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Tamiya 1/24 Ford Focus WRC


By Tony Paton



After many years racing the Escort, Ford developed a new car to take on the 1999 WRC championship. The Focus debut at the Rally of Monte Carlo, with World Champion driver Colin McRae (who was previously driving for Subaru), was an eventful one. The Commissioners of the rally refused to accept the car due to the water pump being located off the engine in a remote area. After an appeal by Ford, with the support of all the other manufacturers except Subaru, the Focus was allowed to race.

McRae finished third with Simon Jean-Joseph, in the second Focus, claiming 11th spot. Not a bad effort for a car in its first rally. Two weeks later Ford's appeal was rejected, thus disqualifying the car and deleting the driver and manufacturer's points.

Throughout the season, Ford had shown the potential that it could win the championship. Mechanical failures and numerous crashes destroyed their hopes of a dream debut. Ford hope to do better in the 2000 season with the signing of another great driver in Carlos Sainz, who comes from the now defunct Toyota Rally team.

Tamiya's example of the Focus represents the car in its debut race in the Rally of Monte Carlo 1999. Two decal options are available; No 7 of McRae and No 8 of Jean-Joseph.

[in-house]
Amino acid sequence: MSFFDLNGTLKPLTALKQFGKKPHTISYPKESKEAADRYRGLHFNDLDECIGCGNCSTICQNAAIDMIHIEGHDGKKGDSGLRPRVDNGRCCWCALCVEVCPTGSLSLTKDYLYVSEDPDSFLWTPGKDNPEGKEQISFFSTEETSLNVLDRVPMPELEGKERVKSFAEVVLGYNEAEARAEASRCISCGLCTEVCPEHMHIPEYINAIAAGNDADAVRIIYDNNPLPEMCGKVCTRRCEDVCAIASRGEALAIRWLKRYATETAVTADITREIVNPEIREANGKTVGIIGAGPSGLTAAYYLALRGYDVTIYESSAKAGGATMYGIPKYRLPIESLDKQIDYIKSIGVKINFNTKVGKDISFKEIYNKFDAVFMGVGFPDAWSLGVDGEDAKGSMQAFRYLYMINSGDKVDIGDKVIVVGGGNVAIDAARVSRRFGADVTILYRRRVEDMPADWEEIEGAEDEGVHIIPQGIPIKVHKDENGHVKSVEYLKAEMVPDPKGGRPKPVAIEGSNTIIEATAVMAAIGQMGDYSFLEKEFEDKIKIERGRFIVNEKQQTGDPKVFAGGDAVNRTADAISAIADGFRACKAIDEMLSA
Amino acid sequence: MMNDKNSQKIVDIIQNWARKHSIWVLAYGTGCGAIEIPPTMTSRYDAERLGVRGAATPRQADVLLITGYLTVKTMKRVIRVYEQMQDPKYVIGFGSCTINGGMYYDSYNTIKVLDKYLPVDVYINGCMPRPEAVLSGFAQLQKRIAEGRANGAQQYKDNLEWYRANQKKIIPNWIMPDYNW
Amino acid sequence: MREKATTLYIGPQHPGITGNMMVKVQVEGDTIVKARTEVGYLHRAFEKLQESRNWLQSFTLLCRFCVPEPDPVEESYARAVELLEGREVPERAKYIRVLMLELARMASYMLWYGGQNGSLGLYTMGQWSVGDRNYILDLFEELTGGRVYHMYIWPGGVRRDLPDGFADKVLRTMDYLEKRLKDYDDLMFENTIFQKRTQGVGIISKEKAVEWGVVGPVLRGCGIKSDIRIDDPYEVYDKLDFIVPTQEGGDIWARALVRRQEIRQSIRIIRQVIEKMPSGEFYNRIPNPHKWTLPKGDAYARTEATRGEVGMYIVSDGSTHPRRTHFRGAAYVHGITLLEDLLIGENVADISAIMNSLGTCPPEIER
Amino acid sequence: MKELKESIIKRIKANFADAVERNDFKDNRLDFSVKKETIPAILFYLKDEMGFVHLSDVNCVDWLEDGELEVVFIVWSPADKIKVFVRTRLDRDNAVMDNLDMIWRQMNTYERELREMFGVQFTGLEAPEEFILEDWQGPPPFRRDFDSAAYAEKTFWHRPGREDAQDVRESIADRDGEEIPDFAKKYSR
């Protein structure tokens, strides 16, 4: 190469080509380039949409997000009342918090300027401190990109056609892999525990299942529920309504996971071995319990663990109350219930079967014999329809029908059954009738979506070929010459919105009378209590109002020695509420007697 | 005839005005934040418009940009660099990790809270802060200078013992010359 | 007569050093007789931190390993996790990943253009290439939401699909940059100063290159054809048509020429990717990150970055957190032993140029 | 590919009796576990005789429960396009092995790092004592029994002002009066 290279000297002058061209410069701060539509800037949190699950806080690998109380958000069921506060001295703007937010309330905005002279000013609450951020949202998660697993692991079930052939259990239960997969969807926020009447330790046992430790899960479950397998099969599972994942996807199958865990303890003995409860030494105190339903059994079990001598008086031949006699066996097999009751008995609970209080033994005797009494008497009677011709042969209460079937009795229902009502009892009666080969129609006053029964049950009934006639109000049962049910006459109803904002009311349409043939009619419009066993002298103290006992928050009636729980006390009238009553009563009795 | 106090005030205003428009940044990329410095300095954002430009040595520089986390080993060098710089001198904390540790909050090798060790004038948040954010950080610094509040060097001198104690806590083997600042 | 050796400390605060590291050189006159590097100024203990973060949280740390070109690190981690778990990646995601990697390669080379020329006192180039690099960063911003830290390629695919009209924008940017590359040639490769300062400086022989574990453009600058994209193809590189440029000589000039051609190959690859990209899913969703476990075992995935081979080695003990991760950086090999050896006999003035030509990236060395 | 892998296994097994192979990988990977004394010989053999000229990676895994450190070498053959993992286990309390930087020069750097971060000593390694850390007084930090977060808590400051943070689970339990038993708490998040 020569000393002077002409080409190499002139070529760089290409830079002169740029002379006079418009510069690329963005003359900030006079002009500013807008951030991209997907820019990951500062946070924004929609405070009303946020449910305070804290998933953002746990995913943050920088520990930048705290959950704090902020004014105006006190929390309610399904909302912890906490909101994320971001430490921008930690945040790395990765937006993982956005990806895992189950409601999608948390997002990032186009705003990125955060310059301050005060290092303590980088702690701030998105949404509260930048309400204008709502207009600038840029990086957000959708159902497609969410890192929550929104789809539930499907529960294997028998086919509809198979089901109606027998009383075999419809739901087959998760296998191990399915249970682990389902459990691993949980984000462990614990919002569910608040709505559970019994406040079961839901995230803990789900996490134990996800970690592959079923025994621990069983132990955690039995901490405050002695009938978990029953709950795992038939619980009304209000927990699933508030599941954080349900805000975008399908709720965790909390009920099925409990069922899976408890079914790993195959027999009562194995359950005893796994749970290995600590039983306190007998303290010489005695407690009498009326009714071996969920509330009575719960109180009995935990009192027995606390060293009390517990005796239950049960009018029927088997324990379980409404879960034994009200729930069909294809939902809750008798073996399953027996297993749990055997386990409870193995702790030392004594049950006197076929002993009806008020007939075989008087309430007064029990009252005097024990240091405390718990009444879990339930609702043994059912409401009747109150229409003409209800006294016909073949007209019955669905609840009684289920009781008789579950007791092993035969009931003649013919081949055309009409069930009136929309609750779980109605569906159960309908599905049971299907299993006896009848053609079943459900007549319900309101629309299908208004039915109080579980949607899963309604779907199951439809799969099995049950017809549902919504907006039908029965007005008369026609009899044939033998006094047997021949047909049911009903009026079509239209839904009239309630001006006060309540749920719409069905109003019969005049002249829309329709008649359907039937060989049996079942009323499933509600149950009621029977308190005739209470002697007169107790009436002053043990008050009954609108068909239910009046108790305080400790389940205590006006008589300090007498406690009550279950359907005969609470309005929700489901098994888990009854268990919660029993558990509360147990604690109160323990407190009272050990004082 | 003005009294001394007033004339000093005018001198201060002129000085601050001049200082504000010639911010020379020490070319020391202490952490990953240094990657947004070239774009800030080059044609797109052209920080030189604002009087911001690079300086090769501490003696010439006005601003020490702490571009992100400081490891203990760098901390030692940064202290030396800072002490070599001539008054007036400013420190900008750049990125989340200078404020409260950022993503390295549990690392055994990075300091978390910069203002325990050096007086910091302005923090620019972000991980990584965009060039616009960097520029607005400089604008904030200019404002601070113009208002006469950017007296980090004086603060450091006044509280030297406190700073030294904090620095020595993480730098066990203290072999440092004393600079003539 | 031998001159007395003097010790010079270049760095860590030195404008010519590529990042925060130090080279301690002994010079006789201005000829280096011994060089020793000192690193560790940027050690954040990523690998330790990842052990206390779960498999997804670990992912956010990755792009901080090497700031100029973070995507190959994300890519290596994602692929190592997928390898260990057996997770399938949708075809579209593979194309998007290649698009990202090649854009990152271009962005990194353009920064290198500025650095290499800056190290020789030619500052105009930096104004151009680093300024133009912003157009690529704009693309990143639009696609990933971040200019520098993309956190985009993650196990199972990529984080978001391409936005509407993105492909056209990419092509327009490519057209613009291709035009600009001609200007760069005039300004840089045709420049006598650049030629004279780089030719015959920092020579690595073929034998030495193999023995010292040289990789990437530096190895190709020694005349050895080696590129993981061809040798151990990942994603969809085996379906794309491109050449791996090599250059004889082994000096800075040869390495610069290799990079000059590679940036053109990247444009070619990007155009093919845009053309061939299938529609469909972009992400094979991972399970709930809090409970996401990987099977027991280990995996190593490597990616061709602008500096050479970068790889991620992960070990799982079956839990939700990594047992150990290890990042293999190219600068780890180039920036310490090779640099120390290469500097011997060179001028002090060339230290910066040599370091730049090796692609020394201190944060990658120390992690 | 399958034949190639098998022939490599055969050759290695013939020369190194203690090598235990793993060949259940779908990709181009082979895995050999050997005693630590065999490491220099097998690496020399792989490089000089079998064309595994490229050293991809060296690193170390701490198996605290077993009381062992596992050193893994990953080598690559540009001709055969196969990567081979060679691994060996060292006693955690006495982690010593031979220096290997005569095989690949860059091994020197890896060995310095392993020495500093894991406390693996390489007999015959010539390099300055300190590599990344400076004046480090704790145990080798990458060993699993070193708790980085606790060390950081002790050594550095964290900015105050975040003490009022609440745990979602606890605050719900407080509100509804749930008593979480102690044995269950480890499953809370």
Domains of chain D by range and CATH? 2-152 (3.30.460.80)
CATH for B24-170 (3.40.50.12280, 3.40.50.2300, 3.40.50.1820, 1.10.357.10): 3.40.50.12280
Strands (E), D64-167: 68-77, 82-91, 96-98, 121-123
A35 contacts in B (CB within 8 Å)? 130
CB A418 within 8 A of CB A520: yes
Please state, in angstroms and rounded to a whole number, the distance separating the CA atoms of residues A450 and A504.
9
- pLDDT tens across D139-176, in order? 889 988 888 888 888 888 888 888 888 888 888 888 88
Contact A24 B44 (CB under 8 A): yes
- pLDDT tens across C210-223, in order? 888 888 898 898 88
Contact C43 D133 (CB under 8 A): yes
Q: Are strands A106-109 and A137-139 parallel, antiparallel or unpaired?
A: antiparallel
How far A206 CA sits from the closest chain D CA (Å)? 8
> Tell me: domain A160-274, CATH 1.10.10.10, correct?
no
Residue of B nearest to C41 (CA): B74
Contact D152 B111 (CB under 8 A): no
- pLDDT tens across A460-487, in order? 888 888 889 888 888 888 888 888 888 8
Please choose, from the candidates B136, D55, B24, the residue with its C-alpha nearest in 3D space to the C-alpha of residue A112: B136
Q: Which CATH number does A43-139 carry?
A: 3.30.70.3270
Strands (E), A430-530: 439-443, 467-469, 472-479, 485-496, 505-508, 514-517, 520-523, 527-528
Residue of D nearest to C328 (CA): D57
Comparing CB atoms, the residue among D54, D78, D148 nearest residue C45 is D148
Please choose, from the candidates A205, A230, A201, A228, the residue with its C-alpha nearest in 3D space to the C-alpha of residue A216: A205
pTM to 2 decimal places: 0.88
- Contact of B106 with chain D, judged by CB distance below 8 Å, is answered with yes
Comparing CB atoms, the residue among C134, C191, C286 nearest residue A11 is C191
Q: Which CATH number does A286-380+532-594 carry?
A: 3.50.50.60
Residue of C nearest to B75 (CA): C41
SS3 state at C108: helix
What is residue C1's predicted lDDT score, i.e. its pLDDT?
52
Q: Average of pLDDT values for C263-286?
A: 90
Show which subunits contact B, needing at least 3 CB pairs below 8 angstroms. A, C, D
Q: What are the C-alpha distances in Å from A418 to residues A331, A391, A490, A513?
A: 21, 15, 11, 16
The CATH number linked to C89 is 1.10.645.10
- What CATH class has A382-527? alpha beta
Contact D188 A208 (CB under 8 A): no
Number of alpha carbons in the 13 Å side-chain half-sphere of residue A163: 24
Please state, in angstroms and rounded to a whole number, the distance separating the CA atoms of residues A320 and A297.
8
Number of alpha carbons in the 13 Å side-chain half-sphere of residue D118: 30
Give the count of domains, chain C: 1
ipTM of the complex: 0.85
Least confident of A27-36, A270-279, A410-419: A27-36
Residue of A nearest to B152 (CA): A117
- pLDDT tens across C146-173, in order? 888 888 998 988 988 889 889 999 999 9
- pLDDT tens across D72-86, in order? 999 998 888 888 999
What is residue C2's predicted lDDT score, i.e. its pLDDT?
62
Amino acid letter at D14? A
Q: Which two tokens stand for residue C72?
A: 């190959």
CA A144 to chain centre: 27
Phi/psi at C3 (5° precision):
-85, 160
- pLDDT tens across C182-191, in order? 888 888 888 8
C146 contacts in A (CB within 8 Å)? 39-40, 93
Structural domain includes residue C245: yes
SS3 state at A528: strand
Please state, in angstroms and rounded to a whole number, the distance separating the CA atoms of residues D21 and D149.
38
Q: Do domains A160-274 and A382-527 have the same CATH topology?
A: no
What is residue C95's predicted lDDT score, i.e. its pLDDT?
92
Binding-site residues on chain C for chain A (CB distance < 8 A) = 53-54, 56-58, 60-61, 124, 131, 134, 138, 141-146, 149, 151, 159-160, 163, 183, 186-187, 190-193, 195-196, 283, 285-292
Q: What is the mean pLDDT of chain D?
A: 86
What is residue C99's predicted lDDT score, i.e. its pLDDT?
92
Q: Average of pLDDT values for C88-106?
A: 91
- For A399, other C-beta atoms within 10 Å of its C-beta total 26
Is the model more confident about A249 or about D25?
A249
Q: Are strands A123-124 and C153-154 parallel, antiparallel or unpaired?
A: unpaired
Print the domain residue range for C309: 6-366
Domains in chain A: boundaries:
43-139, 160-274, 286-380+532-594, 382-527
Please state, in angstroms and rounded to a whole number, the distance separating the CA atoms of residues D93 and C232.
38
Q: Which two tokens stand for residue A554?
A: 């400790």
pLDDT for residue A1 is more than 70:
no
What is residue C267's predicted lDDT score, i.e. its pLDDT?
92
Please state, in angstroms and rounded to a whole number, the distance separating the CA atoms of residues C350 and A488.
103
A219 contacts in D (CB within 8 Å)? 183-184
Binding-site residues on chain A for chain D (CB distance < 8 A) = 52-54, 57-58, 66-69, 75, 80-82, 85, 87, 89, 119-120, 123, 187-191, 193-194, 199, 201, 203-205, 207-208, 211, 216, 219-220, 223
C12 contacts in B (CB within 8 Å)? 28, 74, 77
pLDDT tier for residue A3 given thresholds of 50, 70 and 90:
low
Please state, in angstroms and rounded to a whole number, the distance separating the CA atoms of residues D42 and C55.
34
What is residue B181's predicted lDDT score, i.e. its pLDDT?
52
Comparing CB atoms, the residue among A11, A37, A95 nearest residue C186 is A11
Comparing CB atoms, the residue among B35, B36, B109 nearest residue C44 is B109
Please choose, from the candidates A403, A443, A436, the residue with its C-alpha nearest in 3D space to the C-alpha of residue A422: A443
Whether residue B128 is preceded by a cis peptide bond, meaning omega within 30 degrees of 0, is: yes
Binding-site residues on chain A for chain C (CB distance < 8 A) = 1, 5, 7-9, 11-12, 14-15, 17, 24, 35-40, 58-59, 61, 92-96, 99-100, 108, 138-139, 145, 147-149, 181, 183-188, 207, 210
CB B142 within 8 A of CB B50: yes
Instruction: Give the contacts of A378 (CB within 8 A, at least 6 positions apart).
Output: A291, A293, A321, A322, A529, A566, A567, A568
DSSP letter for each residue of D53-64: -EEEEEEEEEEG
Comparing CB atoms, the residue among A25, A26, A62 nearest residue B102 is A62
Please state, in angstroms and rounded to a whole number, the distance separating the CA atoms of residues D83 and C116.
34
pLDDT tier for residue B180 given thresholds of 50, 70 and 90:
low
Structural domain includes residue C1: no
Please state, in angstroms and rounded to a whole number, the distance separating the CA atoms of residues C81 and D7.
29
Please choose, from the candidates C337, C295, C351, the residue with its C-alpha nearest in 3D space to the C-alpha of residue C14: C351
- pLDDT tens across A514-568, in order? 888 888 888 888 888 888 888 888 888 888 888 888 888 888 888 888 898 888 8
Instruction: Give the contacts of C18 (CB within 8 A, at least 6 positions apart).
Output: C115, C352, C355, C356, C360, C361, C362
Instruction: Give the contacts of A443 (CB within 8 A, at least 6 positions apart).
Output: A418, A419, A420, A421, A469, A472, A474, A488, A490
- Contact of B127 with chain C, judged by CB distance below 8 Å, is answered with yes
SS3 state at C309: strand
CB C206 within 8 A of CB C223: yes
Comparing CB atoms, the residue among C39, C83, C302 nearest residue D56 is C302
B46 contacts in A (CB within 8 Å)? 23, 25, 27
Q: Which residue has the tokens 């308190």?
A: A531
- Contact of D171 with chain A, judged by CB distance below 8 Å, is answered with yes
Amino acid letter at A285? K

For this build I chose McRae's No.7. Additionally I picked up aftermarket detail sets from Studio27 - these are reviewed elsewhere in this issue.

First Step

The front bumper, brake cooling ducts and roof vent were glued to the body. The rear wing was also constructed and glued to a toothpick in preparation for painting. Due to the front grill, where the Ford badge is attached, is molded in solid plastic and the Studio 27 fret includes this front grill. The plastic one was removed and the area sanded with frequent dry fitting of the grill to make sure it was flush to the bodywork. Care must be taken with the PE grill, as they are very fragile and easy to bend.

They were then sanded with 1200 grit wet & dry and washed. After drying, the body and wing were sprayed with Tamiya's flat white as an undercoat. As most of the other parts are painted gloss white, the remaining frets were given a coat of Tamiya's Gloss white (Ts-26).

Interior construction.

The undersurface and suspension is engineered beautifully in this kit. There is also a lot of interior detail to this kit. The spare tire is a highlight and the roll cage has to be the most complicated structure I've seen for a racecar. This caused a few problems while constructing but my advice is to glue it together one part at a time and go off and do something else before continuing.

The photo-etched brake discs make a difference and Tamiya have supplied brake caliper decals as well.

The Body

After the body had dried it was time to mask off and apply the Bright red (TS-49). Beforehand I had cut out the blue decal that divides the red and white colors on the car. I used this as a stencil and made a custom mask. Make sure the interior is masked, as red paint will go everywhere and it is hard to remove from white, even if you attempt to re-spray the affected area.